•  Ask for specifics. Getting a specific description reduces the ambiguity of the speaker’s words and adds depth to our understanding. “I liked the way the doctor called me by name and took time to listen to my concerns” gives us a lot more to work with than, “My visit was good.” When we’re given generalities we can ask, “So what was it specifically about _____________ that makes you say that?”
  •  Ask the speaker to review. We can easily miss words or misinterpret what is said. Asking the participant to review their comments, even if we think we know what they said, gives both the speaker and the listener a chance to add more clarity to what was said. You might say, “I know you’ve already explained that once but it would help me really understand if you could go over it one more time.”
  • Try to find out what something is NOT as well as what it is. You might be able to eliminate whole categories of options and avoid misinterpretations by finding out what something is not, especially with someone who is having a hard time articulating what is. If someone is trying to describe a mediocre experience with a product or service, it might help them expand their description by saying: “So it’s not that it was horrible or harmful in anyway?”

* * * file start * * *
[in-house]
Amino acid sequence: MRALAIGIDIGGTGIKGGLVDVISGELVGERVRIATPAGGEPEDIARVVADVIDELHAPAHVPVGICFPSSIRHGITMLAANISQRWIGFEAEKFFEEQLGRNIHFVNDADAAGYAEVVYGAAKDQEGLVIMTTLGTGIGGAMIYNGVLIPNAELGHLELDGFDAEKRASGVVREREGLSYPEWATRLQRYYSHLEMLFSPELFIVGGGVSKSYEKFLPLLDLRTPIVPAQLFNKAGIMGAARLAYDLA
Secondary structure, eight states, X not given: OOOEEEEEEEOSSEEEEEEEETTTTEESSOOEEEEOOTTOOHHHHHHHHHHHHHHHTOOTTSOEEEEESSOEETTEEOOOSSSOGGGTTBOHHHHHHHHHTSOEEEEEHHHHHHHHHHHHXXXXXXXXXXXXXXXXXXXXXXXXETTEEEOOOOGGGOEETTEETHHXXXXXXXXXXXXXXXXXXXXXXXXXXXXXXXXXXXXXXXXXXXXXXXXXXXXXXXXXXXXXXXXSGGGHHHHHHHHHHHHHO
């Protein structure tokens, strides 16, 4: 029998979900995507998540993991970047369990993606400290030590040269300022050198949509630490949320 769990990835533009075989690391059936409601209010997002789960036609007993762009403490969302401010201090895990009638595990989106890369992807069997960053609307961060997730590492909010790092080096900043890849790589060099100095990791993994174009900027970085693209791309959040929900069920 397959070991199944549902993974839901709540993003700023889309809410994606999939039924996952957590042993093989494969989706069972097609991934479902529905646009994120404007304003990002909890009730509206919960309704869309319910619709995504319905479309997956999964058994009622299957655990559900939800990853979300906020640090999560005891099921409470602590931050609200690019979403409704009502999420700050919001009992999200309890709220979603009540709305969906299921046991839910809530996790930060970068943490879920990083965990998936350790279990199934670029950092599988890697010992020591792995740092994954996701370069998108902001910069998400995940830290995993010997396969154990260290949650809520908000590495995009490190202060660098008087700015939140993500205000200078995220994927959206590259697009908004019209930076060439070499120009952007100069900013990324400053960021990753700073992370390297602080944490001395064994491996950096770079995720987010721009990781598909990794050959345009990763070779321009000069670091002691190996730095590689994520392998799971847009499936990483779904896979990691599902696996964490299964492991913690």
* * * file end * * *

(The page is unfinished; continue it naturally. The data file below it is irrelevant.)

•  Be aware of what you are assuming. This is a hard one because we all have implicit biases of which we are unaware that can cause us to make false assumptions.  As listeners, though, we’re called upon to develop sensitivity to our biases and to check out any assumptions we make with the speaker. Instead of assuming that the quiet young Asian woman in the focus group has nothing to say, it would be worth asking, “How about you, __________, I bet you have something you would like to add to what others have had to say.”
  •  Reflect empathy for the speaker. Not everyone is good at expressing themself. But that doesn’t mean they don’t have something valuable to say. If you put yourself in their shoes, you might find the patience and kindness that would make them feel appreciated just for trying to articulate their thoughts.  Maybe it’s being patient with the individual for whom English is not their first language. Or simply acknowledging how difficult it is to remember specific experiences or discuss certain topics.  People who feel appreciated try harder to accomplish the task you’re asking them to do.

I’d like to add one of my own tactics that I developed out of necessity one day during a challenging focus group I was conducting.